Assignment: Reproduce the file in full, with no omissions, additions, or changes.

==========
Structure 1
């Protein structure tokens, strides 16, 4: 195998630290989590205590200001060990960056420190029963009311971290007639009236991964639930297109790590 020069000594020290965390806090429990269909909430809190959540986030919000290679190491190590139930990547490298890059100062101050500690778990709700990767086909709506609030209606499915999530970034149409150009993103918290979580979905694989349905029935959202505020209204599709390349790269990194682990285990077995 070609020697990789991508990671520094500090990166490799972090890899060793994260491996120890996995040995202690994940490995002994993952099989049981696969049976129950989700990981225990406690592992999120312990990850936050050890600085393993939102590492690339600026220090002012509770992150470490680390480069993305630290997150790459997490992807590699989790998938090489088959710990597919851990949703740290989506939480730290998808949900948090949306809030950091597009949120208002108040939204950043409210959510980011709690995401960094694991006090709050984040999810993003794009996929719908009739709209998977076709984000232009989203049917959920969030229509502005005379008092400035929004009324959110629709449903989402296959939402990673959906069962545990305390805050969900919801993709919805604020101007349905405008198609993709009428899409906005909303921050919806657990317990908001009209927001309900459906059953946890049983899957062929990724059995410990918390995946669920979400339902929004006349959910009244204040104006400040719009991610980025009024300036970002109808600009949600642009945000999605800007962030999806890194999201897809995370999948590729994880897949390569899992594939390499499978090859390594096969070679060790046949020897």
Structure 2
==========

Structure 1
């Protein structure tokens, strides 16, 4: 195998630290989590205590200001060990960056420190029963009311971290007639009236991964639930297109790590 020069000594020290965390806090429990269909909430809190959540986030919000290679190491190590139930990547490298890059100062101050500690778990709700990767086909709506609030209606499915999530970034149409150009993103918290979580979905694989349905029935959202505020209204599709390349790269990194682990285990077995 070609020697990789991508990671520094500090990166490799972090890899060793994260491996120890996995040995202690994940490995002994993952099989049981696969049976129950989700990981225990406690592992999120312990990850936050050890600085393993939102590492690339600026220090002012509770992150470490680390480069993305630290997150790459997490992807590699989790998938090489088959710990597919851990949703740290989506939480730290998808949900948090949306809030950091597009949120208002108040939204950043409210959510980011709690995401960094694991006090709050984040999810993003794009996929719908009739709209998977076709984000232009989203049917959920969030229509502005005379008092400035929004009324959110629709449903989402296959939402990673959906069962545990305390805050969900919801993709919805604020101007349905405008198609993709009428899409906005909303921050919806657990317990908001009209927001309900459906059953946890049983899957062929990724059995410990918390995946669920979400339902929004006349959910009244204040104006400040719009991610980025009024300036970002109808600009949600642009945000999605800007962030999806890194999201897809995370999948590729994880897949390569899992594939390499499978090859390594096969070679060790046949020897």
Structure 2